As a major university with more than 27,000 students and another 5,000 faculty and staff, East Carolina requires considerable resources just to keep the doors open. That is why it is so important that the university is actively working to eliminate wasteful practices and improve efficiency wherever possible.
In an age when environmental concerns are gaining more public support and pennies are counted like never before, it makes sense for the university to conserve wherever it can. But accepting the challenge of creating a more sustainable campus goes beyond mere budgetary concerns or public relations.
The United Nations defines sustainability as “the ability to meet the needs of the present without compromising the ability of future generations to meet their own needs.” As an institution that prides itself on preparing leaders, it is imperative that ECU takes the initiative to ensure that this university is able to prepare the next generation.
In recent years, ECU has committed to conservation and green policies. Specifically, the university has excelled in five primary areas—recycling, transportation, water conservation, environmentally friendly building, and environmental advocacy. And while these are not the only areas in which the university is working to improve efficiency, they offer insight into ECU’s commitment to sustainability.
Reduce. Reuse. Recycle.
It is hard to remember a time when recycling wasn’t at the forefront of environmental policy. At ECU, recycling is perhaps the most visible green initiative in place today, with literally thousands of recycling bins across campus collecting everything from plastic bottles to printer ink cartridges. Last year, the university recycled 30 percent of its waste, netting 1.8 million pounds of material that would have otherwise gone into an area landfill. This year, the goal is for even more.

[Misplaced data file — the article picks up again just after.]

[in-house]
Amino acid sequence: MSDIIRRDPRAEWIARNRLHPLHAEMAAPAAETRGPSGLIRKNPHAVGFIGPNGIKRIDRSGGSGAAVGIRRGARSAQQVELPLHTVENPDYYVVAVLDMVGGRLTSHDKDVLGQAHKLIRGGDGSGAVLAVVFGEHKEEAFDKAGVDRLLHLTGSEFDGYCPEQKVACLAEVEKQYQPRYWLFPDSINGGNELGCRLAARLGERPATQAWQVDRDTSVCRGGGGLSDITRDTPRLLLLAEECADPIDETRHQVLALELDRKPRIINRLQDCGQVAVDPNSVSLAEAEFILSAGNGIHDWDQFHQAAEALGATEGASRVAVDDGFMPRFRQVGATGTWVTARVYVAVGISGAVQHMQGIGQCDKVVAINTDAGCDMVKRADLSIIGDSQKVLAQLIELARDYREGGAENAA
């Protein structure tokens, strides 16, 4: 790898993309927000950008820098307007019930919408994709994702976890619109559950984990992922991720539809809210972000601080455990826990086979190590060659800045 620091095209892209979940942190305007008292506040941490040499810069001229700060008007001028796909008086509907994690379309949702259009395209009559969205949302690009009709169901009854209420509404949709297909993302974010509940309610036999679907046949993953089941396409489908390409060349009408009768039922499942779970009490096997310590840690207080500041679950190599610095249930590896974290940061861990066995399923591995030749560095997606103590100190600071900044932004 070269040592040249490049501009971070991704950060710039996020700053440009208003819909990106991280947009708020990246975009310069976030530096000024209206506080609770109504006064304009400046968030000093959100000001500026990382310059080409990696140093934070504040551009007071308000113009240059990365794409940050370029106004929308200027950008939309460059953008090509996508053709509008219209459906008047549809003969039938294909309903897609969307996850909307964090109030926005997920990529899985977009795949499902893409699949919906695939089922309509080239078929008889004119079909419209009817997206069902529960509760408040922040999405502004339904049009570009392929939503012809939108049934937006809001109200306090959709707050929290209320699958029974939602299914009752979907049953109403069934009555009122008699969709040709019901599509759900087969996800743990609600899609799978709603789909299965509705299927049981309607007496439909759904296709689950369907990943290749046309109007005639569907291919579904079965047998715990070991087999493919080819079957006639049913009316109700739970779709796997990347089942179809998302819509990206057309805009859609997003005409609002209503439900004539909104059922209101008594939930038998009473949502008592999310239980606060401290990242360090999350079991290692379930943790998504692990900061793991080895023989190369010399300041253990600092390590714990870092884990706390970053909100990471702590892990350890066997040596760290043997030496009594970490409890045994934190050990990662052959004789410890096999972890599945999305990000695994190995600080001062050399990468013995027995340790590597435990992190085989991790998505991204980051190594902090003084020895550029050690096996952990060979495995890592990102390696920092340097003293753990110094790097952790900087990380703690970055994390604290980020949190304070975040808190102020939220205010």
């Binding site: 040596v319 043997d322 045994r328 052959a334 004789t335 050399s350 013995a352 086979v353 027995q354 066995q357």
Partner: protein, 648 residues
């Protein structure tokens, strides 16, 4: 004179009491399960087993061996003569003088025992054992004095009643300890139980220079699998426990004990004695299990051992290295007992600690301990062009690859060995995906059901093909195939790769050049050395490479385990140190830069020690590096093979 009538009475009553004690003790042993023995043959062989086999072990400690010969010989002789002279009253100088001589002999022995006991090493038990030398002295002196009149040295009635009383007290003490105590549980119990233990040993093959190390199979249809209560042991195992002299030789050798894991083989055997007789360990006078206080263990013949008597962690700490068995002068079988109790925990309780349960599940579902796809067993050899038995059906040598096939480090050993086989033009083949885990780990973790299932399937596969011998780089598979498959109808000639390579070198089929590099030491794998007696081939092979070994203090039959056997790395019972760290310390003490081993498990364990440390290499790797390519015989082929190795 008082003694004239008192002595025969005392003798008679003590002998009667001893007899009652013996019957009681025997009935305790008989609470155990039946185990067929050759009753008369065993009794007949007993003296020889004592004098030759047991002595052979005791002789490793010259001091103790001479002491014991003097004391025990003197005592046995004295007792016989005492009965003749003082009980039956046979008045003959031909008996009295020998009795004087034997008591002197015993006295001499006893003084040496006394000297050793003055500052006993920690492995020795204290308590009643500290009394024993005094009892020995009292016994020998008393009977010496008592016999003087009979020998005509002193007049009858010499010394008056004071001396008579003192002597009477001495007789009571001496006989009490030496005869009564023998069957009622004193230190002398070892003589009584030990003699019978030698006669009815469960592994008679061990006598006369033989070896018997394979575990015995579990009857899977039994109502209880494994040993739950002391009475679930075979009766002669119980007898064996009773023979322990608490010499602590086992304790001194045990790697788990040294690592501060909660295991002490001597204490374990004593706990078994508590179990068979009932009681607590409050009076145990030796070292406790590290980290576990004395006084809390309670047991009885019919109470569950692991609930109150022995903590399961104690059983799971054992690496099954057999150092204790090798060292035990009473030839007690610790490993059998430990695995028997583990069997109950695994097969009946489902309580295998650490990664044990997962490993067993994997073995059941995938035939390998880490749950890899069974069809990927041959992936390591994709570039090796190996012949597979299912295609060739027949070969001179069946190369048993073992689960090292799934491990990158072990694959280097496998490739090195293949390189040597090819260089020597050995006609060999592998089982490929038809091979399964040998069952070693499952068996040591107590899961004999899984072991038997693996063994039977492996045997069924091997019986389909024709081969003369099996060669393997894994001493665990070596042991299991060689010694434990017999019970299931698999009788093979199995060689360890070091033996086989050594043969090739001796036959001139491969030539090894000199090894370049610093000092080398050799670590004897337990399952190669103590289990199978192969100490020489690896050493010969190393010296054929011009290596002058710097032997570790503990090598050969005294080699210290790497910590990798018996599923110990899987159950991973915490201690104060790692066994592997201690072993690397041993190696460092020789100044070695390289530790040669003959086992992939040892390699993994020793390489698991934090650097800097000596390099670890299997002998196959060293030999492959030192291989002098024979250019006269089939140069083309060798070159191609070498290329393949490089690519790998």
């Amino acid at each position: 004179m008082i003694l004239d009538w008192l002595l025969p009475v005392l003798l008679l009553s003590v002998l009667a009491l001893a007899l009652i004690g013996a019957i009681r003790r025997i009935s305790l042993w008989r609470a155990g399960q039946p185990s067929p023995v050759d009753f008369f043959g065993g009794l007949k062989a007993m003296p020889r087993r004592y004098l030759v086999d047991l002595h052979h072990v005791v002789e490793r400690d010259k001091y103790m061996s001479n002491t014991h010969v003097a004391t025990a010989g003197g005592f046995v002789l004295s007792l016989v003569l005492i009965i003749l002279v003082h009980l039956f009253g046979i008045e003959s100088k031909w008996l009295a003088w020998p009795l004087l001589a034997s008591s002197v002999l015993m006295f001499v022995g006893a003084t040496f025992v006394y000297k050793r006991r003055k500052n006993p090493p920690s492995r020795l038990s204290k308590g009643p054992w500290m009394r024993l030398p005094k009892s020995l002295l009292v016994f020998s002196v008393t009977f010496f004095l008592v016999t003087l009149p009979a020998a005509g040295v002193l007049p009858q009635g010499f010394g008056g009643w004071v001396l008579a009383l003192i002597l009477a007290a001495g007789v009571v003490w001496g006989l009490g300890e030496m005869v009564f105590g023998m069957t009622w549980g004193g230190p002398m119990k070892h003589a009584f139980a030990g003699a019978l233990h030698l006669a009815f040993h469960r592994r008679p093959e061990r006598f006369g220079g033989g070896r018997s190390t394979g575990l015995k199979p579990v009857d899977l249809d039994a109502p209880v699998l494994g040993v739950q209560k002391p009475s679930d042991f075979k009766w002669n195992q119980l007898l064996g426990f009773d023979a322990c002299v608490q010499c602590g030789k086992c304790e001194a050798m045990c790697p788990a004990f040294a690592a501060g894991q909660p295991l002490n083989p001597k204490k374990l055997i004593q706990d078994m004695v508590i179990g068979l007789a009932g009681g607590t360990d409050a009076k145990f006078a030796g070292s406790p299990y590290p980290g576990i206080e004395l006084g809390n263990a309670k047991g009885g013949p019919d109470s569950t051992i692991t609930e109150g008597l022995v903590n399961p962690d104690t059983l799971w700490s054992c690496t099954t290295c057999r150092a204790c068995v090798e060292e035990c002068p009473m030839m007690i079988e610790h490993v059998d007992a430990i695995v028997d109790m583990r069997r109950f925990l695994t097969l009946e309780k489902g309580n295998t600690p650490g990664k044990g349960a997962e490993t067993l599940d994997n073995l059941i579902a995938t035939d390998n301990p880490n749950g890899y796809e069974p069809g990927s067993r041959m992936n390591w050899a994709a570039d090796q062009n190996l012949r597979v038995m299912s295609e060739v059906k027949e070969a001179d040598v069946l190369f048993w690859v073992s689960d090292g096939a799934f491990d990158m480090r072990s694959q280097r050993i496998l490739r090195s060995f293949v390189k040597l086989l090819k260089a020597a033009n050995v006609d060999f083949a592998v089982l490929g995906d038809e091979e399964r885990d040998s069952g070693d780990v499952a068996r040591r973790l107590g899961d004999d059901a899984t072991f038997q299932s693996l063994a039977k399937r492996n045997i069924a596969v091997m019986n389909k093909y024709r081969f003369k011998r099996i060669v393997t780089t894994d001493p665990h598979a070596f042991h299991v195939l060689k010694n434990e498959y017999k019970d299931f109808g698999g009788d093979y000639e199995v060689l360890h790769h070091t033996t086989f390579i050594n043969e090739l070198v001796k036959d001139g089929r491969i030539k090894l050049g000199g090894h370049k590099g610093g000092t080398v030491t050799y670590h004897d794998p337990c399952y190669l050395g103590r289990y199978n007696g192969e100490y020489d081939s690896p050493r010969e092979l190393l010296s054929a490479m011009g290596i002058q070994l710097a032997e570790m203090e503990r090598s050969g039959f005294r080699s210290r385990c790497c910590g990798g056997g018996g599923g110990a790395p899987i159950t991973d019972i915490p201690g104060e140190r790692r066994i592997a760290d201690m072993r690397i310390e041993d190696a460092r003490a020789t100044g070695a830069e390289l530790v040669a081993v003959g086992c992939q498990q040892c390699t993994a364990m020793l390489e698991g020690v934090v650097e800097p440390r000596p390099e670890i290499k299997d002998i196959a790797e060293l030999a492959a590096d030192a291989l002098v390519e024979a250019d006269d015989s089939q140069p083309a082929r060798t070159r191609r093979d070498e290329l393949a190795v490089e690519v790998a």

ECU's picturesque Main Campus is a draw for many students. Conservation and sustainability initiatives will help keep it that way.
“The sky is the limit when it comes to how much we could recycle. Our university could easily recycle over 50 percent of our waste with very little additional effort,” said Terry Little, ECU recycling coordinator. “We just need more people to participate.”
Virtually anything recyclable is recycled on campus. Paper, cardboard, aluminum cans, plastic bottles, hardback books, scrap wood, and scrap metals are all collected by Facilities Services’ recycling staff and sent to a material recovery facility where they are recycled. Other departments on campus contribute as well, making recycling a campus-wide effort. For example, Dining Services recycles cooking grease, the garage collects automotive fluids, Environmental Health and Safety recycles batteries, Facilities Services Grounds Department turns yard waste into mulch for campus landscaping, and Central Stores collects ink cartridges and surplus electronics.
Apart from the environmental benefits to recycling, the practice is also the most cost-effective means of solid waste management for an institution the size of ECU. Instead of paying $44 per ton to dispose of material in a landfill, ECU earns approximately $20,000 from the sale of recyclables each year.
Little expects ample opportunities for more revenue in the future as the recycling program continues to grow. The university is helping in that regard by increasing the number of collection sites on campus and by partnering with campus events such as RecycleMania®, Earth Day, Move-In weekend, GreenFest, and Give-N-Go.
“We have experienced steady growth over the past few years,” he said. “Fortunately, we have seen increased participation on a number of levels. Faculty, staff, and students have all come forward to volunteer in helping us expand.”
Apart from recycling, reusing items, and reducing the items one consumes are also important components to a successful campaign to reduce waste. Typically the end of the school year is a time when the university and city of Greenville sees a spike in trash collection. Give-N-Go encourages students to donate unwanted items to local charities instead of throwing them away. The program successfully diverts thousands of pounds of packaged food, clothing, and household goods from ending up in the landfill each year.
ECU is also working to educate the community, especially young people, on the value of recycling. Through a partnership with the city of Greenville, ECVC, and Pitt County, ECU is assisting with a program called Feed the Bin, which is intended to promote recycling to every fifth grader in the Pitt County School System.
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